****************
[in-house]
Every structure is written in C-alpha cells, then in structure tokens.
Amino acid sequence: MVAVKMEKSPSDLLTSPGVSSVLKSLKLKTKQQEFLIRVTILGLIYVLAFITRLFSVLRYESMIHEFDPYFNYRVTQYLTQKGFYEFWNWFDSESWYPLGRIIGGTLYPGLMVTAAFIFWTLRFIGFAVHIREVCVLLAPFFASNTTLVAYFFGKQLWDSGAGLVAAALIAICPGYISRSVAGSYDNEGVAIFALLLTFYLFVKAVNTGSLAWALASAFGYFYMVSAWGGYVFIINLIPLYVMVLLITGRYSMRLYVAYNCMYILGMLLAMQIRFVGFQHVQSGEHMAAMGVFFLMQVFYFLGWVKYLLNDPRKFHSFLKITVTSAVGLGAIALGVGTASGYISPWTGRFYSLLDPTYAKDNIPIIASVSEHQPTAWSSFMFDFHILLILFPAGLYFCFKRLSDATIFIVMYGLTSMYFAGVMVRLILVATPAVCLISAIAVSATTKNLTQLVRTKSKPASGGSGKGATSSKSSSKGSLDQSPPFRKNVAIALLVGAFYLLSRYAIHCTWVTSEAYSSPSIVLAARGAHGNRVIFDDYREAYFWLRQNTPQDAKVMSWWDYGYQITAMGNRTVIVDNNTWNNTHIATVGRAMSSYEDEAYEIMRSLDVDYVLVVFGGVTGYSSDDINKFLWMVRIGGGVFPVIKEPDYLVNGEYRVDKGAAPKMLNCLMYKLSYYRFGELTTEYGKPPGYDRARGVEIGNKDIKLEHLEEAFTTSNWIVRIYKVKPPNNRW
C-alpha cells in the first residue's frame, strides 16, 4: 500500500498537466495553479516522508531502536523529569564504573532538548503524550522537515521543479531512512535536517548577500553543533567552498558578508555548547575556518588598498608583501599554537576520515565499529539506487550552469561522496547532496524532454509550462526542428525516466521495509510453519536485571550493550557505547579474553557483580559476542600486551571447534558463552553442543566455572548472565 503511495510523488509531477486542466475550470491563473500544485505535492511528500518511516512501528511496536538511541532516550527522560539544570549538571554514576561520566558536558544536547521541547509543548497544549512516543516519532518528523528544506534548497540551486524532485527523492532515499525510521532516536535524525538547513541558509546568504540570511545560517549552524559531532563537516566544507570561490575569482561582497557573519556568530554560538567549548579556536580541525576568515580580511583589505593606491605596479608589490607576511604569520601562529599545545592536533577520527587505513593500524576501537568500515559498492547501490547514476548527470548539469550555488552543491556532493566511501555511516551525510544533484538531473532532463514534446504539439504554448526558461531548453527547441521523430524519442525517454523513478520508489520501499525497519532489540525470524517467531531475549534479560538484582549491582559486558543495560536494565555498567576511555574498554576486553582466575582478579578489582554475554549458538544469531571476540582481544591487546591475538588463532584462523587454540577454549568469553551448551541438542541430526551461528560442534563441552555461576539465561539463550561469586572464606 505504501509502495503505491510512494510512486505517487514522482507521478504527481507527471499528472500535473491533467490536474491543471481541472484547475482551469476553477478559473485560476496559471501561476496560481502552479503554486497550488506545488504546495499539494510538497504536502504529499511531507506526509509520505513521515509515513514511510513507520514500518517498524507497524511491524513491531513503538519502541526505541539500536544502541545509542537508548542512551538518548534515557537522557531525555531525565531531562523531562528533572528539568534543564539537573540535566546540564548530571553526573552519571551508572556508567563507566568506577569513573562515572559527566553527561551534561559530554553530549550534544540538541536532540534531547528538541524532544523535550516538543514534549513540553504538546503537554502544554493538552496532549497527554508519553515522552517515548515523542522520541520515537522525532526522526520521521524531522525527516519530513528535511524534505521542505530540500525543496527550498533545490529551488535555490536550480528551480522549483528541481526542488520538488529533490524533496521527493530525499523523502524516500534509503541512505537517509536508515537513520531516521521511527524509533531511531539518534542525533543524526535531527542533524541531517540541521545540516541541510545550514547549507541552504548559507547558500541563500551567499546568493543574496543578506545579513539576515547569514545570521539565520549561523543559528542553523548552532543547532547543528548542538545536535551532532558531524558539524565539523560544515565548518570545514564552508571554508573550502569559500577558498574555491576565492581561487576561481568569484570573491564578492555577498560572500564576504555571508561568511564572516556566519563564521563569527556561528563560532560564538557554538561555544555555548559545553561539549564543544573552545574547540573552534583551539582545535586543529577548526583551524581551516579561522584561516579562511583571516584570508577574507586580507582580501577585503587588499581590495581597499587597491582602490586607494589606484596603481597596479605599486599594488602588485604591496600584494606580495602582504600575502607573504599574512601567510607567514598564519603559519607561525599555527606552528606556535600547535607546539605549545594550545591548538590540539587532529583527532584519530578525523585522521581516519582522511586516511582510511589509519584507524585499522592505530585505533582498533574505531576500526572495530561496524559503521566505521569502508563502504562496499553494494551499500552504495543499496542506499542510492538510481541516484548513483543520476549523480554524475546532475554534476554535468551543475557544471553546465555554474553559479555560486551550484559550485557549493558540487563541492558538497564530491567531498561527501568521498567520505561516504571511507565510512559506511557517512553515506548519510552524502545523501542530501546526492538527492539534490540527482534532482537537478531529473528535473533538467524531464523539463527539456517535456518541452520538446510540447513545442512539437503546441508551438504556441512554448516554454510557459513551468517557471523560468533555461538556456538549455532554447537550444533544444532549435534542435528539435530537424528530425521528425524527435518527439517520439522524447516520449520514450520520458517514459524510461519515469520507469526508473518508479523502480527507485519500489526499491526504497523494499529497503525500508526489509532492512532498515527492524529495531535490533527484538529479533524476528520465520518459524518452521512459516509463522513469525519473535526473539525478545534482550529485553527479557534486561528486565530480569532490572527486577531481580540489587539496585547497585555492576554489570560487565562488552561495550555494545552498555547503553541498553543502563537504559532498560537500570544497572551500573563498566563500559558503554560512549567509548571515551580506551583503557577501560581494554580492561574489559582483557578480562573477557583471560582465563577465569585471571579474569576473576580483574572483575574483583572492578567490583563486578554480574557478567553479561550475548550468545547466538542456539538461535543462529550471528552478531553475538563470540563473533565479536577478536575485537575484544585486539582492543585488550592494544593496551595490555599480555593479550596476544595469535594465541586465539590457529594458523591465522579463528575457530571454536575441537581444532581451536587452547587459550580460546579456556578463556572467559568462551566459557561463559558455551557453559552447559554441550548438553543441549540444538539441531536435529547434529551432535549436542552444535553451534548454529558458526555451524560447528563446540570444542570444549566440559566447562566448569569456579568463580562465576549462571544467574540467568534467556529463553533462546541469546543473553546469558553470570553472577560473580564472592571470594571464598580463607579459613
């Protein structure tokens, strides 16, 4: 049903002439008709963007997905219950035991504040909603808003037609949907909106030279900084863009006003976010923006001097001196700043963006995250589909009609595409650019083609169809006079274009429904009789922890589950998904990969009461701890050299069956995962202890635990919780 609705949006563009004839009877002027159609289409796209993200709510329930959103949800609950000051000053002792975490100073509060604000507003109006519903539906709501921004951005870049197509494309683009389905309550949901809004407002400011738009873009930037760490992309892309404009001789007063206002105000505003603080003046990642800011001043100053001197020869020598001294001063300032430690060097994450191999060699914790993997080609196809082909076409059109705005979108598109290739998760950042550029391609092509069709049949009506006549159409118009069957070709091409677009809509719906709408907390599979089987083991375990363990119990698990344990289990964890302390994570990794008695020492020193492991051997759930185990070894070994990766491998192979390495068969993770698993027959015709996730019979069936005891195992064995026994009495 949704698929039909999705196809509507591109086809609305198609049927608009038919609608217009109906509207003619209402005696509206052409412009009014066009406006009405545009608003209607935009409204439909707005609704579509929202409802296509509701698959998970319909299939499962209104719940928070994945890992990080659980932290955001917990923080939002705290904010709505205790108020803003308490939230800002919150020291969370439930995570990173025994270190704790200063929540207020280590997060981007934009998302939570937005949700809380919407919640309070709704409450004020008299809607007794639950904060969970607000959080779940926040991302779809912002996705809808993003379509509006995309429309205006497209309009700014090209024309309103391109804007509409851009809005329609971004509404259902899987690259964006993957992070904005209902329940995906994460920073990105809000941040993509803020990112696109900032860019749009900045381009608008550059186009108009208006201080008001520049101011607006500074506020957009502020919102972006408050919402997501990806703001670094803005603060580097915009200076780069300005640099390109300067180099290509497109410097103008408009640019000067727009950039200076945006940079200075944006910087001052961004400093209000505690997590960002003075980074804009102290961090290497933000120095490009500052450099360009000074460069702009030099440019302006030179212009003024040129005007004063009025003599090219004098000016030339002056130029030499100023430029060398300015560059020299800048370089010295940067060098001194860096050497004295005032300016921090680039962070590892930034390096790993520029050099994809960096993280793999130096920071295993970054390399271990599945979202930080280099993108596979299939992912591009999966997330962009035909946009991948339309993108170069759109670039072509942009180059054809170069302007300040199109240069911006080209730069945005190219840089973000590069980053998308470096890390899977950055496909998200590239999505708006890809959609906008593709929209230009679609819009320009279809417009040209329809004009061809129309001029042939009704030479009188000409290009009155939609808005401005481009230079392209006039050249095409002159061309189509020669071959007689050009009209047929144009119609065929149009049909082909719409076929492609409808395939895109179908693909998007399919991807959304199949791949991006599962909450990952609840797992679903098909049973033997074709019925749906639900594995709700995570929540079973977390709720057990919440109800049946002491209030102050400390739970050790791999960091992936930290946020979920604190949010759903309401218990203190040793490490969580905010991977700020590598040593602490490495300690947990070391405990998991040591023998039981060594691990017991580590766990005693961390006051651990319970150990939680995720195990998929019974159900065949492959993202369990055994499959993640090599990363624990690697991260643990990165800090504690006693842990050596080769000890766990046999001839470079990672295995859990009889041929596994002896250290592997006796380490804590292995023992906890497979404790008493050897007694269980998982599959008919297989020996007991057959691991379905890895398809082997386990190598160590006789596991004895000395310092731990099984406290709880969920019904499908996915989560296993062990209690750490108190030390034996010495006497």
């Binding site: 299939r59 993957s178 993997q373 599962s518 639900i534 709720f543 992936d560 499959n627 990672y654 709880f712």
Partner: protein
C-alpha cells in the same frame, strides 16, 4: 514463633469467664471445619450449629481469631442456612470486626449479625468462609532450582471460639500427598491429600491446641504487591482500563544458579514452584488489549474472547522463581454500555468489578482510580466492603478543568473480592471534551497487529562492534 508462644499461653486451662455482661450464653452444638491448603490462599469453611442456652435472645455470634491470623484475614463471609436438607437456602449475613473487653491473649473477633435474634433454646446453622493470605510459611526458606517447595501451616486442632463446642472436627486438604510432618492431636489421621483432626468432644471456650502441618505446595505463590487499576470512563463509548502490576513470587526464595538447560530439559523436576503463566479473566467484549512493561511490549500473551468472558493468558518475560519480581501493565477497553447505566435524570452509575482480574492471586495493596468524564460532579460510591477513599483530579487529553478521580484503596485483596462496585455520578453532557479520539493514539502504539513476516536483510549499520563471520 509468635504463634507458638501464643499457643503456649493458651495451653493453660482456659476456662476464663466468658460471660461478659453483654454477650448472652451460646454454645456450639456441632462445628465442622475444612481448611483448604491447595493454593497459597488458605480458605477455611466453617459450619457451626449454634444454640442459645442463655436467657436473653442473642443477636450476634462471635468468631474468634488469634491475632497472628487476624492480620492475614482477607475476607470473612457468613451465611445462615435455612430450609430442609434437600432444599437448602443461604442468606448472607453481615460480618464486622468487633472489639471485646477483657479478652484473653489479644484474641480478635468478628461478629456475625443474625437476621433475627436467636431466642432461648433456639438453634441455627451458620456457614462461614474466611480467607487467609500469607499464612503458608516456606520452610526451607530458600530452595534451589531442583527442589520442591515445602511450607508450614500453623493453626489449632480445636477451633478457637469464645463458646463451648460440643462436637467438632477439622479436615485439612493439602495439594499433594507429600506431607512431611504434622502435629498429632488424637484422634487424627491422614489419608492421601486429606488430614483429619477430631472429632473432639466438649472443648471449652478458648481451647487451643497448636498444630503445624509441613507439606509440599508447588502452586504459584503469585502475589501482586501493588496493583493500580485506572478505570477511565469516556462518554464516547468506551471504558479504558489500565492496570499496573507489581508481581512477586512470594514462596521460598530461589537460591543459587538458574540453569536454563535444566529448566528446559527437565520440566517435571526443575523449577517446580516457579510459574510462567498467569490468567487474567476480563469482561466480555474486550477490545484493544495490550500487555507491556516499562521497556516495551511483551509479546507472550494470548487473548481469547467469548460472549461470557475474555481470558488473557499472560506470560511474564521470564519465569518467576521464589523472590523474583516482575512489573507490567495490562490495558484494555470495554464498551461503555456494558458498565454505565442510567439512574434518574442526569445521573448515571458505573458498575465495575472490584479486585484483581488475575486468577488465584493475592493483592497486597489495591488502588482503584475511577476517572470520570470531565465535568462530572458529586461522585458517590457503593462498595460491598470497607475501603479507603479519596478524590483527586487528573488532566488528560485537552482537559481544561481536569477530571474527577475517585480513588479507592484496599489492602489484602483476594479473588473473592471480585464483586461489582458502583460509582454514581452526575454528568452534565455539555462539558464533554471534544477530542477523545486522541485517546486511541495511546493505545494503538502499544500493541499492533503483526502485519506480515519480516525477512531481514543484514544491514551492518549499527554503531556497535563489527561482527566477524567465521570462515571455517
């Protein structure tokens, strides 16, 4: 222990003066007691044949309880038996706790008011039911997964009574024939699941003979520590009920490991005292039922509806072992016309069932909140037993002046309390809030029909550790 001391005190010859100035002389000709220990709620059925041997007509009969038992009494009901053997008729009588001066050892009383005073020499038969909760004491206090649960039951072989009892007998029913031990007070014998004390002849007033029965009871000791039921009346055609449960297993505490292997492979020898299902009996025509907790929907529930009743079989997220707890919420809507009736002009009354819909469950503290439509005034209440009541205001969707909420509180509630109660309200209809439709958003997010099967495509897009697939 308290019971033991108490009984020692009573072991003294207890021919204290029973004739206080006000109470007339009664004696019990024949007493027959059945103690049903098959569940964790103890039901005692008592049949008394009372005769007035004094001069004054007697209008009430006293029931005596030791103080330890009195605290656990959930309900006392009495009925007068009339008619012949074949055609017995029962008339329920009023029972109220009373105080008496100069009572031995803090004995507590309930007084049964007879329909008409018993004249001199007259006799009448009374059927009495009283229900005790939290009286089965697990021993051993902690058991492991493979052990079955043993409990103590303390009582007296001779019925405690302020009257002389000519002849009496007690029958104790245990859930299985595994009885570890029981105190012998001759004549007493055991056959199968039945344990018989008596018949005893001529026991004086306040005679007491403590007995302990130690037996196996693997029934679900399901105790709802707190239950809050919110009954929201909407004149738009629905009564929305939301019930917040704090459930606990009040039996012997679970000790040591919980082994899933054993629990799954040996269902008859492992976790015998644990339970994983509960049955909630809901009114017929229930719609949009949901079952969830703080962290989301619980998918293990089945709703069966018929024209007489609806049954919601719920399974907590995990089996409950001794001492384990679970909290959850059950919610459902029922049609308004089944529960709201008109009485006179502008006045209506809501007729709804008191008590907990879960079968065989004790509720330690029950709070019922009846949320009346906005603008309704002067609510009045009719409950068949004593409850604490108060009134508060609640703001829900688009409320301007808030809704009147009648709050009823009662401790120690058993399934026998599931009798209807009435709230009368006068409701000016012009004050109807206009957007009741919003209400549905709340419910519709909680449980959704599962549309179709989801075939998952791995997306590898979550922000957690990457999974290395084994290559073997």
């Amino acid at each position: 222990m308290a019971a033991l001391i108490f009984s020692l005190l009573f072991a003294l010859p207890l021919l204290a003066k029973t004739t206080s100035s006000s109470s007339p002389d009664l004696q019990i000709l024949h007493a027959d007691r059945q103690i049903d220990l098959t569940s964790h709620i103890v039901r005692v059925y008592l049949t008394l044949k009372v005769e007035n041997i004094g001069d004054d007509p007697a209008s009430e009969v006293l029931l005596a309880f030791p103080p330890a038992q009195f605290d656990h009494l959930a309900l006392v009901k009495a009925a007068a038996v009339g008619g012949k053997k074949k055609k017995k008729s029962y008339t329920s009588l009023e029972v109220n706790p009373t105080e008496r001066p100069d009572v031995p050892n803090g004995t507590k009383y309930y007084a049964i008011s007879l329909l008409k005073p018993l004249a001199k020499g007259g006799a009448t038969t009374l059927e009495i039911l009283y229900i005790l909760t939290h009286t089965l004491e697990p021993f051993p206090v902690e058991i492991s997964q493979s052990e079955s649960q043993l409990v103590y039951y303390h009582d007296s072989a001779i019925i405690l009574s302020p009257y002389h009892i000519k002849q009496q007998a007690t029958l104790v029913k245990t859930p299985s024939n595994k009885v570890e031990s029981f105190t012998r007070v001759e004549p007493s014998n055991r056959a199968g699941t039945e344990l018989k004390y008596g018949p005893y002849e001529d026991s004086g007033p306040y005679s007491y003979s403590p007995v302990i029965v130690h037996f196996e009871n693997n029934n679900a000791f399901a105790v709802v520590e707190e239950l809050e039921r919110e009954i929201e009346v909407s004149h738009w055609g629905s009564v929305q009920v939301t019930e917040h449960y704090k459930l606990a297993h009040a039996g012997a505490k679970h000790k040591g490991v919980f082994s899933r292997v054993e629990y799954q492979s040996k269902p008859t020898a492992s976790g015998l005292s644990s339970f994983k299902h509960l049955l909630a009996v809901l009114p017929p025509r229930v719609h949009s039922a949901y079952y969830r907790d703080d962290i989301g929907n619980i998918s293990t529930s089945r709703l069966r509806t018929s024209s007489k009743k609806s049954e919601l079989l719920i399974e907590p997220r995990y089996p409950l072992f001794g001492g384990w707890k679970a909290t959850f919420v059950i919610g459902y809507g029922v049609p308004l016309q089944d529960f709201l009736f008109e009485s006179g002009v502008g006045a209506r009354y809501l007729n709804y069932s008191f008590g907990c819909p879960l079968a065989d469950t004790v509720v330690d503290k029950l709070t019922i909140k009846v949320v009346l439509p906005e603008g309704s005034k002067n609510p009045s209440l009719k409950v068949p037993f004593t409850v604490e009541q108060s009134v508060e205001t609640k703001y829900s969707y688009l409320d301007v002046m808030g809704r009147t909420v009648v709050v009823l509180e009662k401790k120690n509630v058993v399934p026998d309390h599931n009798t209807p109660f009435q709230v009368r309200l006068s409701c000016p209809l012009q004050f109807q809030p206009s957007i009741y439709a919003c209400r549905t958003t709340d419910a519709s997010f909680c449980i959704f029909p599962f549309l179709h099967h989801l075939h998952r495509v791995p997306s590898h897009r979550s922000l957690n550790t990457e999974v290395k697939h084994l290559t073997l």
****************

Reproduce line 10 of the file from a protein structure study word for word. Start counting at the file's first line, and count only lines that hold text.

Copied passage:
């Amino acid at each position: 222990m308290a019971a033991l001391i108490f009984s020692l005190l009573f072991a003294l010859p207890l021919l204290a003066k029973t004739t206080s100035s006000s109470s007339p002389d009664l004696q019990i000709l024949h007493a027959d007691r059945q103690i049903d220990l098959t569940s964790h709620i103890v039901r005692v059925y008592l049949t008394l044949k009372v005769e007035n041997i004094g001069d004054d007509p007697a209008s009430e009969v006293l029931l005596a309880f030791p103080p330890a038992q009195f605290d656990h009494l959930a309900l006392v009901k009495a009925a007068a038996v009339g008619g012949k053997k074949k055609k017995k008729s029962y008339t329920s009588l009023e029972v109220n706790p009373t105080e008496r001066p100069d009572v031995p050892n803090g004995t507590k009383y309930y007084a049964i008011s007879l329909l008409k005073p018993l004249a001199k020499g007259g006799a009448t038969t009374l059927e009495i039911l009283y229900i005790l909760t939290h009286t089965l004491e697990p021993f051993p206090v902690e058991i492991s997964q493979s052990e079955s649960q043993l409990v103590y039951y303390h009582d007296s072989a001779i019925i405690l009574s302020p009257y002389h009892i000519k002849q009496q007998a007690t029958l104790v029913k245990t859930p299985s024939n595994k009885v570890e031990s029981f105190t012998r007070v001759e004549p007493s014998n055991r056959a199968g699941t039945e344990l018989k004390y008596g018949p005893y002849e001529d026991s004086g007033p306040y005679s007491y003979s403590p007995v302990i029965v130690h037996f196996e009871n693997n029934n679900a000791f399901a105790v709802v520590e707190e239950l809050e039921r919110e009954i929201e009346v909407s004149h738009w055609g629905s009564v929305q009920v939301t019930e917040h449960y704090k459930l606990a297993h009040a039996g012997a505490k679970h000790k040591g490991v919980f082994s899933r292997v054993e629990y799954q492979s040996k269902p008859t020898a492992s976790g015998l005292s644990s339970f994983k299902h509960l049955l909630a009996v809901l009114p017929p025509r229930v719609h949009s039922a949901y079952y969830r907790d703080d962290i989301g929907n619980i998918s293990t529930s089945r709703l069966r509806t018929s024209s007489k009743k609806s049954e919601l079989l719920i399974e907590p997220r995990y089996p409950l072992f001794g001492g384990w707890k679970a909290t959850f919420v059950i919610g459902y809507g029922v049609p308004l016309q089944d529960f709201l009736f008109e009485s006179g002009v502008g006045a209506r009354y809501l007729n709804y069932s008191f008590g907990c819909p879960l079968a065989d469950t004790v509720v330690d503290k029950l709070t019922i909140k009846v949320v009346l439509p906005e603008g309704s005034k002067n609510p009045s209440l009719k409950v068949p037993f004593t409850v604490e009541q108060s009134v508060e205001t609640k703001y829900s969707y688009l409320d301007v002046m808030g809704r009147t909420v009648v709050v009823l509180e009662k401790k120690n509630v058993v399934p026998d309390h599931n009798t209807p109660f009435q709230v009368r309200l006068s409701c000016p209809l012009q004050f109807q809030p206009s957007i009741y439709a919003c209400r549905t958003t709340d419910a519709s997010f909680c449980i959704f029909p599962f549309l179709h099967h989801l075939h998952r495509v791995p997306s590898h897009r979550s922000l957690n550790t990457e999974v290395k697939h084994l290559t073997l």